This impressive painting on Orchard Street, between Delancey and Broome streets, in the Lower East Side, is by one of the all-time great artists to emerge from the New York City graf underground. The artist is called West One (or West 01). These days he calls the Upper West Side his home, but West One keeps a studio in Brooklyn. He started writing graf on NYC subways in the mid 1980’s and distinguished himself by painting in a crisp letter style dubbed “Broadway Style.” In a recent interview, West One cited the work of graf superstars Zephyr, Revolt, Skeme and Dez as inspiration early in his career. These days his work, like the painting pictured above, are mural-like works that seem far removed from the graf-writing style. The image is an homage to the diverse ethnic history of the Lower East Side of Manhattan. It’s fitting that this West One painting is supported by, and placed in front of, the Lower East Side Tenement Museum. What was the worst slum in America for decades, and an ethnic enclave for generations of Jewish, German, Latino and Chinese immigrants (as well as people from many other countries) is now Manhattan’s hippest, hottest nabe. The Lower East Side’s slummy streets are increasingly home to a luxury real estate market that has spawned multimillion-dollar apartments, condos and lofts.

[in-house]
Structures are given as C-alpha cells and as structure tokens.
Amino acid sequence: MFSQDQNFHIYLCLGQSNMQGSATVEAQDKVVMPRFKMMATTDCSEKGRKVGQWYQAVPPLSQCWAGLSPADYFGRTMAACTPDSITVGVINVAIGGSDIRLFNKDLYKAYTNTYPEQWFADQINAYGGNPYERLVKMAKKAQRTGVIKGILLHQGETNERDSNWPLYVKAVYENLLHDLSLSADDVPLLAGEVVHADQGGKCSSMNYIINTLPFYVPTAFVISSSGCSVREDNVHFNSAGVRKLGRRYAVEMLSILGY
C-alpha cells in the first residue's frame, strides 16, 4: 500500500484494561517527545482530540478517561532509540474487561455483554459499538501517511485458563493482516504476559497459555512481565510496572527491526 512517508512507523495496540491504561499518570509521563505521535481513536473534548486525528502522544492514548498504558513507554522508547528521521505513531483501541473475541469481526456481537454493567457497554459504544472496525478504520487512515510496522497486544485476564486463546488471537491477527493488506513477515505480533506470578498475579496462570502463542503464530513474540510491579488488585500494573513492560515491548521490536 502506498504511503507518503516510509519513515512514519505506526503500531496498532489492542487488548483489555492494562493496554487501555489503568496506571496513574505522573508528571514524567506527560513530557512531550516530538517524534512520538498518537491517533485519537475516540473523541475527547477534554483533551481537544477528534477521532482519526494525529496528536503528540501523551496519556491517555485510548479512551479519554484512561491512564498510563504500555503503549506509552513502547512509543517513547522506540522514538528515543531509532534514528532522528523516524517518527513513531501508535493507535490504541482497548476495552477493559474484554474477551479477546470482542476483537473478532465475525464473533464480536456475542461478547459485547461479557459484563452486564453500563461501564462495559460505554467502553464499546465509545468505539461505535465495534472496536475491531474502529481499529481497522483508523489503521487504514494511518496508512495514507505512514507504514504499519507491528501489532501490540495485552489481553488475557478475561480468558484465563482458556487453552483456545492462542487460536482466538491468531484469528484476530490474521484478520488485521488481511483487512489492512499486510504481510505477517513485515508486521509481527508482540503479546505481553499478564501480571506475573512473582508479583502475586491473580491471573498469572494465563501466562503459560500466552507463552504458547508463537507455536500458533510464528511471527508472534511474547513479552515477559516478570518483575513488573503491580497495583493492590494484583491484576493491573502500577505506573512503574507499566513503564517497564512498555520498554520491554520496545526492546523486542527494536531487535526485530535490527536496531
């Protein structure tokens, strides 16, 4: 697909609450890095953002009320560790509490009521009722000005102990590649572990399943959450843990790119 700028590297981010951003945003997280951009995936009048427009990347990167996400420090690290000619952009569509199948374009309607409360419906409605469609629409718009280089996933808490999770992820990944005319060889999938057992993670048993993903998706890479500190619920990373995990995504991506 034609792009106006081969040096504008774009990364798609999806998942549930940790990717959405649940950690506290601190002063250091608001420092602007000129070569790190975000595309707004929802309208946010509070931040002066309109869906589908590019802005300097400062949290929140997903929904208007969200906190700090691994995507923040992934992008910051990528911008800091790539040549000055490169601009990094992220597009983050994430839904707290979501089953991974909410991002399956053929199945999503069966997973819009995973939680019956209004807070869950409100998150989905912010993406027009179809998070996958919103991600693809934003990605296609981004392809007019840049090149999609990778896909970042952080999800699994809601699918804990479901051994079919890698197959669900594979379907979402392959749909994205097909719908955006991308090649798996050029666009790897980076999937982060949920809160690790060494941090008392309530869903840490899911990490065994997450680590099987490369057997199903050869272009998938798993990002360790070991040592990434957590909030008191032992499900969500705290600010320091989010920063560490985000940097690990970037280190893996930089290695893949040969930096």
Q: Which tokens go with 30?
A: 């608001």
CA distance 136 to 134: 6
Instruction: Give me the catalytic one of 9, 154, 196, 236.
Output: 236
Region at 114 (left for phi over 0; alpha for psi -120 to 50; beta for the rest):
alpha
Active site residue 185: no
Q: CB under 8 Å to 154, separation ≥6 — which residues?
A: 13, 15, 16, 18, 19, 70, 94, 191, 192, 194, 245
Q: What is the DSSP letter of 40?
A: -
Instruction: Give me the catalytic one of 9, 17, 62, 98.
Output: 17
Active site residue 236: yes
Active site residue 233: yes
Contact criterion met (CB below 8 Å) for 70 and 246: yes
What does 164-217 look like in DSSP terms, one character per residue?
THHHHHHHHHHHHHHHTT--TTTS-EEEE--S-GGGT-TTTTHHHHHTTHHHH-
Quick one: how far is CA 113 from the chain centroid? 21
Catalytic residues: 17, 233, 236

Ivan Corsa Photo